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2017 created by Restore & More Yoga

It is a common misconception that yoga requires people to twist themselves into pretzels and stand on their heads. Whilst complicated postures (asanas) may be part of yoga practice for some students, they are by no means required. Not only do you not have to be flexible to practice yoga, you also don’t need to be young, fit or even ambulatory. In fact, the only requirement for practicing yoga is the ability to breathe. 

Restore & More Yoga specialise in creating practices for people who are interested in the healing potential of yoga and will work with you to develop your own personal practice, at an appropriate level and pace.

Yoga For Unity and Balance

The ancient discipline of yoga originated in India.  The word “yoga” means “to yoke” or “unite”. At a basic level, yoga helps unite body and mind. At a deeper level, yoga seeks to unite the individual with the universal. Yoga teaches you how to relax and release tension, as well as helping to strengthen weak muscles and stretch tight ones.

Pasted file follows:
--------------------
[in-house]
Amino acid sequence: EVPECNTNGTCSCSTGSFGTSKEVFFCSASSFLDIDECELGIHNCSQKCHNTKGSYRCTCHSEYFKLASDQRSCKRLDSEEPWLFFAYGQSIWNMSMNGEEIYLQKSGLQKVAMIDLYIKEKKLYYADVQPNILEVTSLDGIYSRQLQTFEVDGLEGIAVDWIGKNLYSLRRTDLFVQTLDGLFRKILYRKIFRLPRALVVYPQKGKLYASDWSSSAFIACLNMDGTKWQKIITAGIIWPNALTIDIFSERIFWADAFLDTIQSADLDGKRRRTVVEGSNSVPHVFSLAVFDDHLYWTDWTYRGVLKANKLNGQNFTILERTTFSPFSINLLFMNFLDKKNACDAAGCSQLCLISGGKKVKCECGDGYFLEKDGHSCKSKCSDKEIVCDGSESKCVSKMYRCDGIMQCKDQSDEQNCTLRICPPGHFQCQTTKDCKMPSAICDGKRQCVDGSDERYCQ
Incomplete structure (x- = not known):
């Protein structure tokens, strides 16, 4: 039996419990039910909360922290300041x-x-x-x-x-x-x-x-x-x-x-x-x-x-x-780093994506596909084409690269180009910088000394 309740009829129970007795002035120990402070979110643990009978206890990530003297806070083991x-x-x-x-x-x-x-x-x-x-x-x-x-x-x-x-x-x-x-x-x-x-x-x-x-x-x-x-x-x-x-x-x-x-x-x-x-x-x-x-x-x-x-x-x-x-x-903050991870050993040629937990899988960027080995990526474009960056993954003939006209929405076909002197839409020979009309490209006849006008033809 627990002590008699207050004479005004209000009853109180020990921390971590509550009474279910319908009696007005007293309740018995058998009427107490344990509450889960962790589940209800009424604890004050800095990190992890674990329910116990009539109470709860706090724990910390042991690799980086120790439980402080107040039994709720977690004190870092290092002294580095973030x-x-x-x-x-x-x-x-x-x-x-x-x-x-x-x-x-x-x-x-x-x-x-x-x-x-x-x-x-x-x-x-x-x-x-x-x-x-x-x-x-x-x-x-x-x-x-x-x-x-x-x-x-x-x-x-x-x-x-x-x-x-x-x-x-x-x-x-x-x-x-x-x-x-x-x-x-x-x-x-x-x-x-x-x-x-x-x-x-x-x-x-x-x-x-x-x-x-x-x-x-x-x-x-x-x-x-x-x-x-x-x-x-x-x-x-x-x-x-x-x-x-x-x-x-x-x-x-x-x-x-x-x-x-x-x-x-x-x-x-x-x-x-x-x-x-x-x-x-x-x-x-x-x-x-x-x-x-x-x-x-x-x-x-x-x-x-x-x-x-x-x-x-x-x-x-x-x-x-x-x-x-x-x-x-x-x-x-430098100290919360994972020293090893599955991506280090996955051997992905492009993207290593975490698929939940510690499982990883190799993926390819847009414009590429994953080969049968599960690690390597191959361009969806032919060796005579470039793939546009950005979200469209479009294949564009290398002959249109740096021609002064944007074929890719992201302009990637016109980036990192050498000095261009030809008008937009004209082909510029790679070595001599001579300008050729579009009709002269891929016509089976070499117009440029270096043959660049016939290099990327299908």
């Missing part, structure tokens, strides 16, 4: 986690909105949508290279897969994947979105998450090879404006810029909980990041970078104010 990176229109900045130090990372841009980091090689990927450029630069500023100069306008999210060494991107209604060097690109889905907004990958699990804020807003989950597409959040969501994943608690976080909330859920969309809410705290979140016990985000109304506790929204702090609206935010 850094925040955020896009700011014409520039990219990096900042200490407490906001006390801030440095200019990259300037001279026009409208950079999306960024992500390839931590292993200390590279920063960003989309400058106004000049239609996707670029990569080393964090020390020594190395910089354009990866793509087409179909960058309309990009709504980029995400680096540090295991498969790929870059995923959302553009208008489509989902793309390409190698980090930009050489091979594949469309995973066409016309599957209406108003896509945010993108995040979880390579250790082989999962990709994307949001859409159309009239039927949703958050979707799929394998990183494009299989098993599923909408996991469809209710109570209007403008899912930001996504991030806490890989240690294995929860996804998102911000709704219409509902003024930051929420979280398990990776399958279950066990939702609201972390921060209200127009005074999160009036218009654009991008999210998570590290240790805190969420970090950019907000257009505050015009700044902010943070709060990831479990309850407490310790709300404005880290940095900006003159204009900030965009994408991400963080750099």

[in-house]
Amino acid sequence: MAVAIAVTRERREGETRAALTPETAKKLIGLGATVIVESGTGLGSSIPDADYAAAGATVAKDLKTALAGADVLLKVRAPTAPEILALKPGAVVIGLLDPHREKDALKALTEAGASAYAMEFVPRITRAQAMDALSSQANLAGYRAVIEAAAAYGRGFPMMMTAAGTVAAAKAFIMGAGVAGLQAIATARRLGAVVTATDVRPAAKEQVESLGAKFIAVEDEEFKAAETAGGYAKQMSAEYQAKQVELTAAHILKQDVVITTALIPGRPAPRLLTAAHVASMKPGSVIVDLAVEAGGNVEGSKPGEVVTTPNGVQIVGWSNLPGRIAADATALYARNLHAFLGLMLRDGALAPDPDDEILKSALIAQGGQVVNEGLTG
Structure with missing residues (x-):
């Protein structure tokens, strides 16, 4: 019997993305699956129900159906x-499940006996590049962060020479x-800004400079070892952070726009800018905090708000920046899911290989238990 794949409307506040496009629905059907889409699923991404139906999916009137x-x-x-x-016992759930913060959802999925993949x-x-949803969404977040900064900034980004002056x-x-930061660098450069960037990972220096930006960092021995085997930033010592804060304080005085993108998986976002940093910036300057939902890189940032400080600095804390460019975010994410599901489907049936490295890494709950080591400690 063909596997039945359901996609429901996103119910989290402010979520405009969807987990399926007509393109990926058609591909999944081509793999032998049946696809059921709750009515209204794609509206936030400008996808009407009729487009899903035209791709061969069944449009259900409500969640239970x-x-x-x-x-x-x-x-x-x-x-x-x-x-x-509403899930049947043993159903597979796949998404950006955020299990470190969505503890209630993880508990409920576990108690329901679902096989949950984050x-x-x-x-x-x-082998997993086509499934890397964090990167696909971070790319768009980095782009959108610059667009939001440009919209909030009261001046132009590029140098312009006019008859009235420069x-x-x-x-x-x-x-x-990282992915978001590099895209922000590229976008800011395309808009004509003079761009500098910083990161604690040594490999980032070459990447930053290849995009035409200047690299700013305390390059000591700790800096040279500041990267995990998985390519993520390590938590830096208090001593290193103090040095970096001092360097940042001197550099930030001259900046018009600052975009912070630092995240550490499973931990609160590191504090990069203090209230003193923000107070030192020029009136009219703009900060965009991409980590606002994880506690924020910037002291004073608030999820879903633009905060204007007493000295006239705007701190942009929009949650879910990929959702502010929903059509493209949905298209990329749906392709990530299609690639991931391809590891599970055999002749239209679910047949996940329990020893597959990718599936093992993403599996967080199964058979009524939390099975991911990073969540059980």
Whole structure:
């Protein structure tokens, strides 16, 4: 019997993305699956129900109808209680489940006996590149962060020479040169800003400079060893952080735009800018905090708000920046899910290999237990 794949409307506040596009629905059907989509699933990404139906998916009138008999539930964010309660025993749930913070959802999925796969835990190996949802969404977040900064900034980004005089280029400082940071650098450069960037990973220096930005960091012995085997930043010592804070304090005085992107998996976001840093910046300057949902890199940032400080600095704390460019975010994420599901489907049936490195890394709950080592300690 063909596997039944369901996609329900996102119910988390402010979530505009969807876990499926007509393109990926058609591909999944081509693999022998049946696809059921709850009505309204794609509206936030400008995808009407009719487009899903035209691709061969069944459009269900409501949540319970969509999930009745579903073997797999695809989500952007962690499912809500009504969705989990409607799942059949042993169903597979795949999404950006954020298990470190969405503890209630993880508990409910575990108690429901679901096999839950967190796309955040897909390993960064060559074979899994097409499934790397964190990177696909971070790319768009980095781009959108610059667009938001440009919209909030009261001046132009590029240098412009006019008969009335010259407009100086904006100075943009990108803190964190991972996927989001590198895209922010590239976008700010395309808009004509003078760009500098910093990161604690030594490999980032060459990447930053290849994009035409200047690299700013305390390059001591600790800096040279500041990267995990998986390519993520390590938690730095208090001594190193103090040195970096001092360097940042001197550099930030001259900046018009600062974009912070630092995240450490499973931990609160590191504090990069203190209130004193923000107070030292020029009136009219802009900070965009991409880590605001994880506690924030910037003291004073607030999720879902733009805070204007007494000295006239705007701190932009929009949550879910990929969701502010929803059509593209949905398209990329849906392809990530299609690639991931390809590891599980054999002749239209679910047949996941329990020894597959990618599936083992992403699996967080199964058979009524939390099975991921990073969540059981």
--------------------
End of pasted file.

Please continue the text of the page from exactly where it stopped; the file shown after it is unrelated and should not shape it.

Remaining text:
It also helps balance and integrate mind, body and spirit, to enhance energy flow and stimulate the body’s own natural healing processes. As a powerful form of mind-body medicine, yoga approaches health in a holistic manner, recognising that physical ailments also have emotional and spiritual components. At its heart, yoga is a comprehensive system for self-development and transformation.

Yoga Practice In The West

In Western cultures, the word “yoga” is often used to mean “posture,” and people think of “doing yoga” as “performing yoga poses.” Postures are just one component of the yoga tool kit, which also includes breathing practices, meditation and principles such as non-harming, truthfulness and contentment.

In yoga it’s not just what you do that matters, but also how you do it. Embracing the yogic principles as you practice is generally a very different experience than moving with the typical Western, competitive, striving mentality. Yoga asks us to take each pose to the point of challenge, but not strain, with awareness of all the sensations that are present, and with honesty and self-compassion.

Learning the yogic approach of compassionate self-awareness on the mat frequently translates into using this mindful, kind approach when handling challenges in daily life. This often results in numerous health benefits that extend far beyond increased flexibility and enhanced balance.

Your Health Is Your True Wealth

Yoga is powerful medicine, and it’s most potent when taken regularly, over time. Establishing a regular yoga practice will help you find the healthy alignment of your body, the peaceful potential of your mind, and the joyous nature of your spirit. Breath by breath, moment by moment, you can move with compassion and diligence in the direction of health.

Why do we practice yoga...